The video featured above is from a previous report.
Gerber announced Cook’s passing in an Instagram post on Friday.
“Many years before becoming an extraordinary mother, teacher and writer, her smile and expressive curiosity won hearts everywhere and will live on as a symbol for all babies,” the company said.
Cook was 5 months old when a neighbour, artist Dorothy Hope Smith, drew a charcoal sketch of her which was later entered into a competition Gerber was running for a national baby food marketing campaign.
The image was so successful that it became the company’s trademark in 1931 and has been used in all packaging and advertising since.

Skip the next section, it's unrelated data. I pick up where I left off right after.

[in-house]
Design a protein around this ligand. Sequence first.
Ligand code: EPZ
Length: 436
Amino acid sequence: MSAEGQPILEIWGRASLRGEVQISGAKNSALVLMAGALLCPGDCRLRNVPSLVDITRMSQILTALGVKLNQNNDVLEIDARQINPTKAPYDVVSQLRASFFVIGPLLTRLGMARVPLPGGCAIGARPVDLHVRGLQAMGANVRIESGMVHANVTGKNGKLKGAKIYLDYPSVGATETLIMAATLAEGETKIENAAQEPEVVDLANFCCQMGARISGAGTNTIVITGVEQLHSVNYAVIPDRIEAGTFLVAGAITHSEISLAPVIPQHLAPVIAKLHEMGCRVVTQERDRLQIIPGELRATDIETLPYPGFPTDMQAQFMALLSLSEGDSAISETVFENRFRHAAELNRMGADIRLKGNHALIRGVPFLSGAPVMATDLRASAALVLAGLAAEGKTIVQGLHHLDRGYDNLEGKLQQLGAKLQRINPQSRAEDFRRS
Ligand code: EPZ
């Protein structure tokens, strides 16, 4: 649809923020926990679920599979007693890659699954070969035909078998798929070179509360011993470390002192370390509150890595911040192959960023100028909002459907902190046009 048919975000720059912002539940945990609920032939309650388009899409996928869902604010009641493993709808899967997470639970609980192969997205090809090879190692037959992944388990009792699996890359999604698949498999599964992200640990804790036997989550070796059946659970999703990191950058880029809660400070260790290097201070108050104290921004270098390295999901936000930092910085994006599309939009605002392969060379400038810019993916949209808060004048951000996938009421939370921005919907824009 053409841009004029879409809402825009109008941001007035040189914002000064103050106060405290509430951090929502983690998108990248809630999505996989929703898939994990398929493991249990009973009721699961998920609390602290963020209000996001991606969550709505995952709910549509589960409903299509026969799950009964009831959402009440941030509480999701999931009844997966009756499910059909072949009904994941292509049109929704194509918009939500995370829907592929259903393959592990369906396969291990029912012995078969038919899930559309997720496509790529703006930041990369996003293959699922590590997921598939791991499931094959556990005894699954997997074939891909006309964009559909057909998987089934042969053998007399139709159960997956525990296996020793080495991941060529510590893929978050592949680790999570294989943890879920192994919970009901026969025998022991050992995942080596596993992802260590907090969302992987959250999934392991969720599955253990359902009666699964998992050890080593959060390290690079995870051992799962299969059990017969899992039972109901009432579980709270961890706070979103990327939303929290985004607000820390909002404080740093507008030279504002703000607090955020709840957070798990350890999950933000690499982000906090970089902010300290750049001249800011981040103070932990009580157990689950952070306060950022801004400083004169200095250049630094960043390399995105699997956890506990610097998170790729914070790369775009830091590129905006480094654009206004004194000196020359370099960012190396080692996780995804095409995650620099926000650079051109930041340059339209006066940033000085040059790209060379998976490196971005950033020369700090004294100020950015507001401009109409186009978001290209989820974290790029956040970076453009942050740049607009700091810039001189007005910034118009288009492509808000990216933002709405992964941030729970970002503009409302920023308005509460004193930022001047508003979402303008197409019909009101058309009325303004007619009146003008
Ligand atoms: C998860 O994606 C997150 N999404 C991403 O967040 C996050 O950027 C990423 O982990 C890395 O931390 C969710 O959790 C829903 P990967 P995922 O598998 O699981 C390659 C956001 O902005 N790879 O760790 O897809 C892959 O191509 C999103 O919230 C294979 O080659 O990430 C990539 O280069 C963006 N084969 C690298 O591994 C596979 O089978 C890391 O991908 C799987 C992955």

For decades, however, the baby’s identity was kept under wraps, sparking rumors about her identity with guesses such as Humphrey Bogart and Elizabeth Taylor.
In the late 1970s, it was revealed to be Cook, who grew up to be an English teacher in Tampa, Florida, and later a mystery novelist.
Cook told The Associated Press in a 1998 interview that her mother told her when she was young that she was the baby in the illustration.
She said, “If you want to be a symbol for something, what could be nicer than a symbol for baby food?”
As for the image itself, she said, “All babies are attractive. The reason the design is so popular is because the artist captured the attractiveness that all babies have.”
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